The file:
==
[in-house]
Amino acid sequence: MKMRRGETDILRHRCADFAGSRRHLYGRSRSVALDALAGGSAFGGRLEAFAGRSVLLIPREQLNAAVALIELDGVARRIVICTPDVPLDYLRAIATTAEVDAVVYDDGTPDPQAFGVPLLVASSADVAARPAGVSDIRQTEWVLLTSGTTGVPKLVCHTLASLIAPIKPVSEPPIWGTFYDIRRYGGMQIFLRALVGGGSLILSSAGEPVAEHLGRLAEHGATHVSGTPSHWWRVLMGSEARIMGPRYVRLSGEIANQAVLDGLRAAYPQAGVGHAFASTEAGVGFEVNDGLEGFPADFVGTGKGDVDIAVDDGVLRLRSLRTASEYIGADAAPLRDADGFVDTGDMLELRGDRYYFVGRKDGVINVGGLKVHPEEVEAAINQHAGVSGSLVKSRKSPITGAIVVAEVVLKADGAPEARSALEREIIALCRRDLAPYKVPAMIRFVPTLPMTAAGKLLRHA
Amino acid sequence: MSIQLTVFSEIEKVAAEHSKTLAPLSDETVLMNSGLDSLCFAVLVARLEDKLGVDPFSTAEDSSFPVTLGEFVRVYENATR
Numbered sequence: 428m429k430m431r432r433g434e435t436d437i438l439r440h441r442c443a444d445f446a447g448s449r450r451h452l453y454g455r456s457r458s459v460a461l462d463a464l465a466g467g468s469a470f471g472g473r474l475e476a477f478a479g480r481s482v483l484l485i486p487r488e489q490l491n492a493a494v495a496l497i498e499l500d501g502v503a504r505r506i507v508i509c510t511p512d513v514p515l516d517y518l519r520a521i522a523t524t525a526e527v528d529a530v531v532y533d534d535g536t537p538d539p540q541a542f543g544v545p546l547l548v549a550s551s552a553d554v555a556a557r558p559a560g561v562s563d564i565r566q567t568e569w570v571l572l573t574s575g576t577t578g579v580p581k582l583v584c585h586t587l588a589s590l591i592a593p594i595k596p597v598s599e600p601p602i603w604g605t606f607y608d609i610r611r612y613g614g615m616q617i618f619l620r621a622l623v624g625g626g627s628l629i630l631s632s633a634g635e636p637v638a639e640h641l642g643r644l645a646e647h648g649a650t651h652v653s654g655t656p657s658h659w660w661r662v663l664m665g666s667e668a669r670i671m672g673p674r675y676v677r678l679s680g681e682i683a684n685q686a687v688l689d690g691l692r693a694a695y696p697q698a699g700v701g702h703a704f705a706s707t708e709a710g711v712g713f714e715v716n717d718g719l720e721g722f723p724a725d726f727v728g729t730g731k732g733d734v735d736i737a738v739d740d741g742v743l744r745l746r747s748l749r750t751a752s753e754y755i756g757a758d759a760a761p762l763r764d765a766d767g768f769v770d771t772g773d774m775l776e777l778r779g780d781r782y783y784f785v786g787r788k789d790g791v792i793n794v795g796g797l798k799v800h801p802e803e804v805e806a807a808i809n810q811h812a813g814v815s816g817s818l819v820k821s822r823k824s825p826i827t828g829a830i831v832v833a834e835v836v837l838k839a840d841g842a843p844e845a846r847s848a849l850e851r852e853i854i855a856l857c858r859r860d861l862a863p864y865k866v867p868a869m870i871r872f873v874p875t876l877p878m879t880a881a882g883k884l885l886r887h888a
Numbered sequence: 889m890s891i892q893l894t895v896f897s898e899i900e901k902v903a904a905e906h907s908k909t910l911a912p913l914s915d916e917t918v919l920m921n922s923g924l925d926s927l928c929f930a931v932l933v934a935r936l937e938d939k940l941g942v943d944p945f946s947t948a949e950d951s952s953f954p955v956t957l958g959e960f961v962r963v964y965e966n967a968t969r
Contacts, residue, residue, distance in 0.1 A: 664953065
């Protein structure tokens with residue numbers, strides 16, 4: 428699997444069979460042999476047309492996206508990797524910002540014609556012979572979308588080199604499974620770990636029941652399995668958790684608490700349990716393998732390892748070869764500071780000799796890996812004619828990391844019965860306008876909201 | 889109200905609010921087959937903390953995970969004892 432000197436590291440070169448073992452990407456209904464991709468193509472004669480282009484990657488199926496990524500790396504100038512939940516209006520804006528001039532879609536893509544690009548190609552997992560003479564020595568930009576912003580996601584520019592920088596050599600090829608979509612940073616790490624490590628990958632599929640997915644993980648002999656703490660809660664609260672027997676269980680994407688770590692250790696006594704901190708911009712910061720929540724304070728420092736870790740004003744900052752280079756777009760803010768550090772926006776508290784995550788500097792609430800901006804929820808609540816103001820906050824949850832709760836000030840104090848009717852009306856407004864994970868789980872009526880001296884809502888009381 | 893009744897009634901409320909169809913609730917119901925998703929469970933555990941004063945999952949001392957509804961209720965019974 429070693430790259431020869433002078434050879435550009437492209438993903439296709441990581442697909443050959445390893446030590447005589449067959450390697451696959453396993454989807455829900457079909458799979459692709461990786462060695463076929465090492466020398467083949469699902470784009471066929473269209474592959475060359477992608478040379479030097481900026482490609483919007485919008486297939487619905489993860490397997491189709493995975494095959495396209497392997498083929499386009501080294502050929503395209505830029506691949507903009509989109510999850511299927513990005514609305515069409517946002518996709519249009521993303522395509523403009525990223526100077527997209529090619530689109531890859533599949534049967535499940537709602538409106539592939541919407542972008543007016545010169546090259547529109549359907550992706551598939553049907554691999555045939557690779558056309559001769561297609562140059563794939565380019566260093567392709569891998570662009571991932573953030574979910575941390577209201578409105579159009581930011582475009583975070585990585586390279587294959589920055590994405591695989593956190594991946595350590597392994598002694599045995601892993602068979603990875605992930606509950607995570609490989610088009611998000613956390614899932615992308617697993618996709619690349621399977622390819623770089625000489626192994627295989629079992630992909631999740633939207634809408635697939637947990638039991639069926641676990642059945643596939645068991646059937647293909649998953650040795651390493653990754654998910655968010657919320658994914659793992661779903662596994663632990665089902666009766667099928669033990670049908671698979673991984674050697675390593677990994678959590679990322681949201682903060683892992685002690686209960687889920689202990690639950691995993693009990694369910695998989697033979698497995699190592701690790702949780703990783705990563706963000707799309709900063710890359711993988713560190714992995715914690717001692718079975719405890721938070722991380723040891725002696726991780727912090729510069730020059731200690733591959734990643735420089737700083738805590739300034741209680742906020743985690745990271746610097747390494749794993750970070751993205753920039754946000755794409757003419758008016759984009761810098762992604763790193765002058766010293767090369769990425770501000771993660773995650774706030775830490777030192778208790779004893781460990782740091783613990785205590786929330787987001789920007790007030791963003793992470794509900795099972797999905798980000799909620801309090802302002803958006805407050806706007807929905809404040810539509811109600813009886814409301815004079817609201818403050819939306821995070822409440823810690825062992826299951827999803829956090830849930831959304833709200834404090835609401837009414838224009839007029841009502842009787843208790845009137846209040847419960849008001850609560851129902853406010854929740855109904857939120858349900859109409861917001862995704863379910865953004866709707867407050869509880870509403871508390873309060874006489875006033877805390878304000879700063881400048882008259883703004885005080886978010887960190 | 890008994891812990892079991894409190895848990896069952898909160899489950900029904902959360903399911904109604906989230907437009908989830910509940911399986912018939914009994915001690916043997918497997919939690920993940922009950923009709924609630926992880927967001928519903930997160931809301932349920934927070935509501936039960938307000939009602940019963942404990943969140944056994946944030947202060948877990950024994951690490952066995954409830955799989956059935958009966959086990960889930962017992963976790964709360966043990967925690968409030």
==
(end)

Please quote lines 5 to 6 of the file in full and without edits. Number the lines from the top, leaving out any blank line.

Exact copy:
Numbered sequence: 889m890s891i892q893l894t895v896f897s898e899i900e901k902v903a904a905e906h907s908k909t910l911a912p913l914s915d916e917t918v919l920m921n922s923g924l925d926s927l928c929f930a931v932l933v934a935r936l937e938d939k940l941g942v943d944p945f946s947t948a949e950d951s952s953f954p955v956t957l958g959e960f961v962r963v964y965e966n967a968t969r
Contacts, residue, residue, distance in 0.1 A: 664953065